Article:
04 July 2013

On unintended education

As I noted the other day, I've been exploring assessment recently, and in particular problems inherent in the process, and Type I and Type II errors. These are usually discussed in relation to medical tests, rather than educational ones, but the same principles hold. Type I errors are so-called "false positive" results--when the test "discovers" something which is not there. Type II errors are of course the opposite, where the test fails to identify something which really is there. I've discussed them in relation to assessment here.

(Incidentally, I got myself into a mess trying to explain to students why simply making the test harder in order to reduce the false positives--arguably the more serious error in the system--doesn't work. Not only does it not work, it counter-intuitively increases the number of such errors. I've fudged that on the linked page, frankly, but I still don't understand what's happening! I may return to this topic. Advice welcome!)

This post is about trying to get a handle on (some of) the mismatches between education/training programmes and the real-world occupations they purport to prepare people for. They do both less than and more than they are supposed to (type II and type I). And despite simplistic nostrums like "competence-based assessment" there are no simple solutions...

Nursing and Medicine

I'm starting with a bit of background, because there have been several news stories recently, mainly about nursing (the Staffordshire report, and the proposal that prospective nursing students start as Health-Care Assistants among them) which focus on the supposed deficiencies of training in that (and of course other) field(s). I've written about this earlier, but this time I want to look at a more general issue implicit in the story.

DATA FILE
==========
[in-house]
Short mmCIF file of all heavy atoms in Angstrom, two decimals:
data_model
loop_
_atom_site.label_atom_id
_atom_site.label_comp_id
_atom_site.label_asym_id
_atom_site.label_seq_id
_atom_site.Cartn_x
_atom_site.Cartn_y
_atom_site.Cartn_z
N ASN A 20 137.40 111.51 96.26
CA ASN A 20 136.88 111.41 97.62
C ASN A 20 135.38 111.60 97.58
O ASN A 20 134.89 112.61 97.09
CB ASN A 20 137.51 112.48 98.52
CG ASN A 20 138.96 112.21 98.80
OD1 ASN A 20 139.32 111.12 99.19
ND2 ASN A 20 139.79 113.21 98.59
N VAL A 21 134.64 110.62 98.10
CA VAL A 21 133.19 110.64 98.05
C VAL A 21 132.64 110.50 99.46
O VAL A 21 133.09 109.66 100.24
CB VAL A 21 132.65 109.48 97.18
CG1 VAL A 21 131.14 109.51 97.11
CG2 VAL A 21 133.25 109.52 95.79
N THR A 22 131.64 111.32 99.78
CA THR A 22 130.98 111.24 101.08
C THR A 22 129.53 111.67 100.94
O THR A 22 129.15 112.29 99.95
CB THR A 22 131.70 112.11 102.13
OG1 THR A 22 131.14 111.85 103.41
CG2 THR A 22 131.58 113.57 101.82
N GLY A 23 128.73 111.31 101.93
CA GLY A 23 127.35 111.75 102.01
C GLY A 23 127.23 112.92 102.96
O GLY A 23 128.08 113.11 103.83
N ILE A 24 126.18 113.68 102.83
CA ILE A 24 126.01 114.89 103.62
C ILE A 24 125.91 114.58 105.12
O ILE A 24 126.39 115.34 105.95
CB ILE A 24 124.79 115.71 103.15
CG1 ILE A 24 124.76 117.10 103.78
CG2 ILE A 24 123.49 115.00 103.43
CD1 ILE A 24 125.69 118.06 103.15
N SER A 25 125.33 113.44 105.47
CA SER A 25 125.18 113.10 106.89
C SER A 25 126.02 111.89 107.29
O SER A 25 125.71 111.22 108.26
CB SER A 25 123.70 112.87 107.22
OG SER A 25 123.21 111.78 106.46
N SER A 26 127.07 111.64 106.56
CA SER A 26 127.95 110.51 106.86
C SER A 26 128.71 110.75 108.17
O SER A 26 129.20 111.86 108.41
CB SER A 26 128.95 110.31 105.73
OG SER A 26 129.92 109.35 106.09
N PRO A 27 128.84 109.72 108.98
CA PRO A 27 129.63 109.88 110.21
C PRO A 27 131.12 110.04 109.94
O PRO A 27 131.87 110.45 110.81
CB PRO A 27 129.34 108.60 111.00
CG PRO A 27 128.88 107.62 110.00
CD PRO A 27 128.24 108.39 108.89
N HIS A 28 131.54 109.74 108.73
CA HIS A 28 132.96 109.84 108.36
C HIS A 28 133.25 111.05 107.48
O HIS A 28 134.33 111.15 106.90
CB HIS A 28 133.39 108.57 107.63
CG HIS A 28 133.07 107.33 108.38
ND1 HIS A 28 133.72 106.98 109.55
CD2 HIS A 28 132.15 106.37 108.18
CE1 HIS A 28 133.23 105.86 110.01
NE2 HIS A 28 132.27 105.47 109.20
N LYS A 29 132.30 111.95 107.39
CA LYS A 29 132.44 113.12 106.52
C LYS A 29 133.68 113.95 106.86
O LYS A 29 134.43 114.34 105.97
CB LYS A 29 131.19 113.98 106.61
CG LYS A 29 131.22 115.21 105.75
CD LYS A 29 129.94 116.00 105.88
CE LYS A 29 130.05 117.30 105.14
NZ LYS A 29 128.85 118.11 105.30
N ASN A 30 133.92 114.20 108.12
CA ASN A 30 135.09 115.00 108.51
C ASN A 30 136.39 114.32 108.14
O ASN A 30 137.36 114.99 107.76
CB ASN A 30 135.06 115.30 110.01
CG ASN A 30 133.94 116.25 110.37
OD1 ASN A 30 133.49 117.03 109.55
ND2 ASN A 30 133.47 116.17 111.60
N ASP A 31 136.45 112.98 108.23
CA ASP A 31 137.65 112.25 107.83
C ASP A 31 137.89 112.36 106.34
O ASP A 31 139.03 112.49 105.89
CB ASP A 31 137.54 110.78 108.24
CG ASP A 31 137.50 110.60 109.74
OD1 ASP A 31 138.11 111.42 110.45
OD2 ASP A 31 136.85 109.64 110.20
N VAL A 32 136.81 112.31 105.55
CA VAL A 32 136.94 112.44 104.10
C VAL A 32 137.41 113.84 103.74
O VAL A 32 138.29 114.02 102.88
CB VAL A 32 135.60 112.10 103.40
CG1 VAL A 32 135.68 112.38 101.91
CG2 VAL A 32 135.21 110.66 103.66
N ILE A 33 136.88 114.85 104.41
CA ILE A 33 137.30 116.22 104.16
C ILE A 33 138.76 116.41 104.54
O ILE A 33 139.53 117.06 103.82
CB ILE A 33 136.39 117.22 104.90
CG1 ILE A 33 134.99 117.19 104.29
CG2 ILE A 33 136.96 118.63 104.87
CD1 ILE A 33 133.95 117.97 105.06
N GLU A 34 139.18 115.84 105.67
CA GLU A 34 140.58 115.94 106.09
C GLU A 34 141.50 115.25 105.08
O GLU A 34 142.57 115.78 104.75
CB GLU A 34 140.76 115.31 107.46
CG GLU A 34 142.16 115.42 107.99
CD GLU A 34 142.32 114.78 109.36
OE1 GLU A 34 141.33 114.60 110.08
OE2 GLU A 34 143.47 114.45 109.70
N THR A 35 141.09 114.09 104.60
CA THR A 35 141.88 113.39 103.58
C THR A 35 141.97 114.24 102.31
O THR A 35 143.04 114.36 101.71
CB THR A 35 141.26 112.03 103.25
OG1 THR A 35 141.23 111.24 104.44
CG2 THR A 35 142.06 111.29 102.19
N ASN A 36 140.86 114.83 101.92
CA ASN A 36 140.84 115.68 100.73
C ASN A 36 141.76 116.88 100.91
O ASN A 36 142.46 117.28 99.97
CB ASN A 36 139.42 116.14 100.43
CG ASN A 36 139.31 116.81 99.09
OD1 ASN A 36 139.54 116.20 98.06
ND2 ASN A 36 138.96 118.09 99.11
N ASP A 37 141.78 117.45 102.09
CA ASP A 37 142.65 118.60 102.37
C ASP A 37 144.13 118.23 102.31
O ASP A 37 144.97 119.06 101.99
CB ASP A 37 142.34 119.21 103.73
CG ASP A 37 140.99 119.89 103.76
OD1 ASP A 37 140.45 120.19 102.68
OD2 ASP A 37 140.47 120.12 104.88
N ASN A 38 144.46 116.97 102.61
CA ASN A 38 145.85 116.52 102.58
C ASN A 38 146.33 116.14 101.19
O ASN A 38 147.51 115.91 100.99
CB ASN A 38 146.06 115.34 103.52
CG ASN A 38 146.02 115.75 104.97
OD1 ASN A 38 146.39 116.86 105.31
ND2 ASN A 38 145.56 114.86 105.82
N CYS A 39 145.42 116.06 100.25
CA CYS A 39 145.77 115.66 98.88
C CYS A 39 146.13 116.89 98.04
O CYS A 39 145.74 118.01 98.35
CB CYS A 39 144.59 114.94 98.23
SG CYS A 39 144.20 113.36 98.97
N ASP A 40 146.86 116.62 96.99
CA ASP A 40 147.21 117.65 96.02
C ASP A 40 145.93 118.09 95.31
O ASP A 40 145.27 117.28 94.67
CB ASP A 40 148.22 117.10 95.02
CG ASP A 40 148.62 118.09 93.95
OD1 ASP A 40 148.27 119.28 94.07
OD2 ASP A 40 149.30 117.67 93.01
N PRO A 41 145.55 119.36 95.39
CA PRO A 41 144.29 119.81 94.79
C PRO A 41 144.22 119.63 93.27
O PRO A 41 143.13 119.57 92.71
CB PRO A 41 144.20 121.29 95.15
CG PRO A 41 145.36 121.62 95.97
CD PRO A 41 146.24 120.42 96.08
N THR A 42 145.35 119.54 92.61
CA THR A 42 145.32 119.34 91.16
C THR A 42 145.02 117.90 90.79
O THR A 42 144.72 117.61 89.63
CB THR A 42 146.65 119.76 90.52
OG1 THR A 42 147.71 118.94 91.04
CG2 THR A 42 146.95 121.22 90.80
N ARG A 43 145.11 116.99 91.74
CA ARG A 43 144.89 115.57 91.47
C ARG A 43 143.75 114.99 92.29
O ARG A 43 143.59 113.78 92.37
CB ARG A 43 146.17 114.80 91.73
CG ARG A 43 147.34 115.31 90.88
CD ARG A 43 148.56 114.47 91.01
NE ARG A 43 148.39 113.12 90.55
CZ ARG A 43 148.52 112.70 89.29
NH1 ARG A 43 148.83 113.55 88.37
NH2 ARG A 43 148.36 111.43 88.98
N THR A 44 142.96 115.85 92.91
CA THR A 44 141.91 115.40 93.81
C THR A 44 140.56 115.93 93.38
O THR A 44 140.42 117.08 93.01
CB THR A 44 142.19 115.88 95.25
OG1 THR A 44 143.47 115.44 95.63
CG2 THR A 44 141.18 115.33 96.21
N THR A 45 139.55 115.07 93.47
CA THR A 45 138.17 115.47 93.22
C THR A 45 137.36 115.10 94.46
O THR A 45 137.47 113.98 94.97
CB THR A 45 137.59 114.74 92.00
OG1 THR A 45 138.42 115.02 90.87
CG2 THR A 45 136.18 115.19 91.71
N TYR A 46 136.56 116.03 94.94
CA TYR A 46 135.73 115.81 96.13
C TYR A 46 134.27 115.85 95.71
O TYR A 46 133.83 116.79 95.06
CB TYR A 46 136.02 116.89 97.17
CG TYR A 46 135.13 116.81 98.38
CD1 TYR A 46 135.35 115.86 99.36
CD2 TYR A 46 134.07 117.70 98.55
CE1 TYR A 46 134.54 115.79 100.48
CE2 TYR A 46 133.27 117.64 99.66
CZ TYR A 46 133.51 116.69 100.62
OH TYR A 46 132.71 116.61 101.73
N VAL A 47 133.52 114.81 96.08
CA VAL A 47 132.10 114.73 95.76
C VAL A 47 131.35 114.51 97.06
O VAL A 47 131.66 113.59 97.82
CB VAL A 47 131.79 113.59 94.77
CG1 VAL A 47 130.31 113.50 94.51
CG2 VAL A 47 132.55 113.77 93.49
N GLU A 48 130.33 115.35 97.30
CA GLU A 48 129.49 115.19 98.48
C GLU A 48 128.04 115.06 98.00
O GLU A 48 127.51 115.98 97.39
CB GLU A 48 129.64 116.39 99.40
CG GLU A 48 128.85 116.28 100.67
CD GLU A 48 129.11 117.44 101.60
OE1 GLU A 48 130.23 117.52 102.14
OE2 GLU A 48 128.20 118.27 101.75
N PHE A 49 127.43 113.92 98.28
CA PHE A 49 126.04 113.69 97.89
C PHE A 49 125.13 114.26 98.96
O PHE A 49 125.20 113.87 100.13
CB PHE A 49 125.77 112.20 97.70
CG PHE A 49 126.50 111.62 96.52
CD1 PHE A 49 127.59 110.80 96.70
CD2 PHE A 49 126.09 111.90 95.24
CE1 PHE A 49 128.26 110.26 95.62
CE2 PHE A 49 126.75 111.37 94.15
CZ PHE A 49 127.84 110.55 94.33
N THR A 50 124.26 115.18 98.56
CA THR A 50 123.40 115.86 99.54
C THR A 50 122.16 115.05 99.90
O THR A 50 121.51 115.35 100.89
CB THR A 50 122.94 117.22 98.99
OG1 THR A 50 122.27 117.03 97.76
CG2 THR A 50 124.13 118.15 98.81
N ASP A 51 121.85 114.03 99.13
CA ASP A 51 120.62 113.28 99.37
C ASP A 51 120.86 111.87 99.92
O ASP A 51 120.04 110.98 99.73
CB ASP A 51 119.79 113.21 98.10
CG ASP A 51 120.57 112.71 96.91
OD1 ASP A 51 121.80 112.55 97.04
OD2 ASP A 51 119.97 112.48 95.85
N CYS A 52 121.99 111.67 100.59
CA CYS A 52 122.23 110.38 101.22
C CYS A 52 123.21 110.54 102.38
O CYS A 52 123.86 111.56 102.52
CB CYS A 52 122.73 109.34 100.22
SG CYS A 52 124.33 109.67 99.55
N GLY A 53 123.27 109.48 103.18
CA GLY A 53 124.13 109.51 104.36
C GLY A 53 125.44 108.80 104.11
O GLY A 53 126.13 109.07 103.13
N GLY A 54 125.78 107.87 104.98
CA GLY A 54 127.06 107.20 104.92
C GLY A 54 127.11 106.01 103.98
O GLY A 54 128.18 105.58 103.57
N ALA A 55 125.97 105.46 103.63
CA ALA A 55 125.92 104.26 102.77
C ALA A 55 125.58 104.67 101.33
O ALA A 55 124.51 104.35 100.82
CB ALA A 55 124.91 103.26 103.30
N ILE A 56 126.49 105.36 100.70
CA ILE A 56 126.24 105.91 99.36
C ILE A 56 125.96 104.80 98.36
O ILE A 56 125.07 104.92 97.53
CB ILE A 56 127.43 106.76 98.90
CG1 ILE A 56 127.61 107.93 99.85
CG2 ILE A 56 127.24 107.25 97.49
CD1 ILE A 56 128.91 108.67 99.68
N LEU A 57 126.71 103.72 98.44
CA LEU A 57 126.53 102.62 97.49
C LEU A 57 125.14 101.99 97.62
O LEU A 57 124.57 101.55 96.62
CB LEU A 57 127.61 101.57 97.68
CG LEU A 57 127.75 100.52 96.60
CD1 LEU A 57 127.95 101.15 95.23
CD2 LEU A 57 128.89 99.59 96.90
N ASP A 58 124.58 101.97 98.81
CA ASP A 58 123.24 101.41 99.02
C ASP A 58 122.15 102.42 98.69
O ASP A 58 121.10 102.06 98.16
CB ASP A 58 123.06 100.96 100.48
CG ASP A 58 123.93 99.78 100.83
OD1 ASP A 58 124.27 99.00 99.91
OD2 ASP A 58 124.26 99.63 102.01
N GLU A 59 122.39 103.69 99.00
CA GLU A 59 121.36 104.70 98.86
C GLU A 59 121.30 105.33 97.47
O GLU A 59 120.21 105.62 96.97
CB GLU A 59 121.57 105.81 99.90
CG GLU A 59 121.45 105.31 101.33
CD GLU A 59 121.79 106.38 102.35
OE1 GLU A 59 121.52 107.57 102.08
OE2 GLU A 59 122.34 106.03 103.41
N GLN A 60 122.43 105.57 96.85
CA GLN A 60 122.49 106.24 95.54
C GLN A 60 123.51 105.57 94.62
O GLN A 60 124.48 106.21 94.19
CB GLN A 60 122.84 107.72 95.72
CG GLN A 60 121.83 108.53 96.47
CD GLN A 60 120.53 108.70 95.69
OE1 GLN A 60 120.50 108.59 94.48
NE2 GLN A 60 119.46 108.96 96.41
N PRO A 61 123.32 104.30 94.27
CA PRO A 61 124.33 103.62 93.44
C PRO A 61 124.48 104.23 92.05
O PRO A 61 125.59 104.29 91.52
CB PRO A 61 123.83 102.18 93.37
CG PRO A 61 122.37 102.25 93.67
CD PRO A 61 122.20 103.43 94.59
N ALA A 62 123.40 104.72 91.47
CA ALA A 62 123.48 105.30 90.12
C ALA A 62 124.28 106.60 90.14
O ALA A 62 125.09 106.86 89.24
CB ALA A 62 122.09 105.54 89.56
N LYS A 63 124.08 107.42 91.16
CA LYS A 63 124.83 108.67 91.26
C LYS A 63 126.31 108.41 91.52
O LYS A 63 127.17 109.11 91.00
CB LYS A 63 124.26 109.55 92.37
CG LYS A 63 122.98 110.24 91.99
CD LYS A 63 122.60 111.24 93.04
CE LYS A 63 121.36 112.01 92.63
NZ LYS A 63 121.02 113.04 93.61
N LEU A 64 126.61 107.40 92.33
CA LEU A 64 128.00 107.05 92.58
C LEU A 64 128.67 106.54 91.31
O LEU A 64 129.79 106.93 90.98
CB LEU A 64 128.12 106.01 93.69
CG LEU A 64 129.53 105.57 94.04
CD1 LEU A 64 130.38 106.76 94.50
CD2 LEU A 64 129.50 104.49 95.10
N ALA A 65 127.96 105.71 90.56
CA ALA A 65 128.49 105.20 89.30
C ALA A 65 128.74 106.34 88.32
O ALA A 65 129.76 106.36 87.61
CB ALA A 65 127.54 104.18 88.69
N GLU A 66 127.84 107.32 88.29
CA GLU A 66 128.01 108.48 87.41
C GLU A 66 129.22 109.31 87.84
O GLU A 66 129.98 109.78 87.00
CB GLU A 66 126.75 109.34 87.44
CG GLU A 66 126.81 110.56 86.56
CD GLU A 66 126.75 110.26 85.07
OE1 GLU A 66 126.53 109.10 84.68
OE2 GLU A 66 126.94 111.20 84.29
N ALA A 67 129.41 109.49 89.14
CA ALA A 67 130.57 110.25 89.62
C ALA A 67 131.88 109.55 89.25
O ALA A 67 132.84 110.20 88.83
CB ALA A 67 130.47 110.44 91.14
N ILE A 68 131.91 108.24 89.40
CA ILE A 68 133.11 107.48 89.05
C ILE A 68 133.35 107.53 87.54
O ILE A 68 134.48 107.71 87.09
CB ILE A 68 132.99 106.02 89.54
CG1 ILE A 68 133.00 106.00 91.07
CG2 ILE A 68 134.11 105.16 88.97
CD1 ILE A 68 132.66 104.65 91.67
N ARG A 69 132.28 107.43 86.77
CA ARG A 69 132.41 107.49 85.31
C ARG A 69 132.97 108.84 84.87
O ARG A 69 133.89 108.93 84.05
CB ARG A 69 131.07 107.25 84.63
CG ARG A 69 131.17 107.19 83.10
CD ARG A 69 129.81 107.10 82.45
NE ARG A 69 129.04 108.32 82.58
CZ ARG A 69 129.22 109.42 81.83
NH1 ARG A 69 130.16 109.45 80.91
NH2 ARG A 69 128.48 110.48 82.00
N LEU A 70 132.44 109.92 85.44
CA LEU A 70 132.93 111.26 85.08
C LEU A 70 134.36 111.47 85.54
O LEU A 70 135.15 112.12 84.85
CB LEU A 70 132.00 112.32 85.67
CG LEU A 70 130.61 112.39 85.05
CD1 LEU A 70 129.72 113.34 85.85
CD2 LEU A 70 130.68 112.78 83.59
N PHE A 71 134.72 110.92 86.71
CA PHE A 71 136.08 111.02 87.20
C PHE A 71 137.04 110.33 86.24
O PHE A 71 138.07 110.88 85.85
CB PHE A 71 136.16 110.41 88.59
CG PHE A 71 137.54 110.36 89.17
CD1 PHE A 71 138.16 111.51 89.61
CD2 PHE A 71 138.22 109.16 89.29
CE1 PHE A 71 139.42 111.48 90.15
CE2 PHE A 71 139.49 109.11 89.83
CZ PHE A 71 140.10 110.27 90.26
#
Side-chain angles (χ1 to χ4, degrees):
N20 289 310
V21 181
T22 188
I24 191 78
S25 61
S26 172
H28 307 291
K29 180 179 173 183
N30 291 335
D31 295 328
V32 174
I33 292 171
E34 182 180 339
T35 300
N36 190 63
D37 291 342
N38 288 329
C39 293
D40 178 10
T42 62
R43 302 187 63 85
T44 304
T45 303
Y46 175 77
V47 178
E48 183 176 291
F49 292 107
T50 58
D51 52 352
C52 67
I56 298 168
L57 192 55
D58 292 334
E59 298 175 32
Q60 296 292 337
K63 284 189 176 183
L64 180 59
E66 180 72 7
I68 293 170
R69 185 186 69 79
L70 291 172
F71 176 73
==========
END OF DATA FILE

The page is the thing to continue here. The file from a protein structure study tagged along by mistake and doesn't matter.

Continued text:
That is the untested assumption that the outcomes of professional formation in general, and training in particular, are those intended and only those intended, and that they are beneficial and desirable. We recognise that medical treatments have side-effects, and indeed that sometimes "the cure is worse than the disease", but rarely does that issue surface in the discussion of education and training. Unintended effects are a kind of Type I error.

Studies such as this meta-analysis and this, however, suggest that those "caring" and "empathic" qualities which are currently being lauded so much, actually diminish in the course of medical training. That is not new; I have a very tattered reprint of this study from 1960 by Isobel Menzies-Lyth snappily entitled (originally) A case-study in the functioning of social systems as a defence against anxiety in which she discusses how the system of training for nurses at that time set out to encourage barriers between nurse and patient, so as to preserve the nurse from being overwhelmed by the suffering of their patients. A range of strategies--such as frequent rotation between wards, concentration on tasks to be performed rather than on patients to be cared for (on the button for mid-Staffs), de-humanisation of patients by referring to their disorders rather than them as individuals ("the emphysema in bed 13"), and the primacy of the nursing hierarchy (matron) were deliberately employed to cultivate psychological distance between nurse and patient, on the grounds that a nurse rendered incapable by emotional involvement with a patient was worse than useless.

It took time, but the implications of that perspective were eventually recognised and underpinned (alongside other concerns) the introduction of  the Project 2000 reforms in 1986: the present state of play is discussed in a series of articles from just a year ago in the Independent, starting here. The comments from practitioners and others are worth reading.

Social work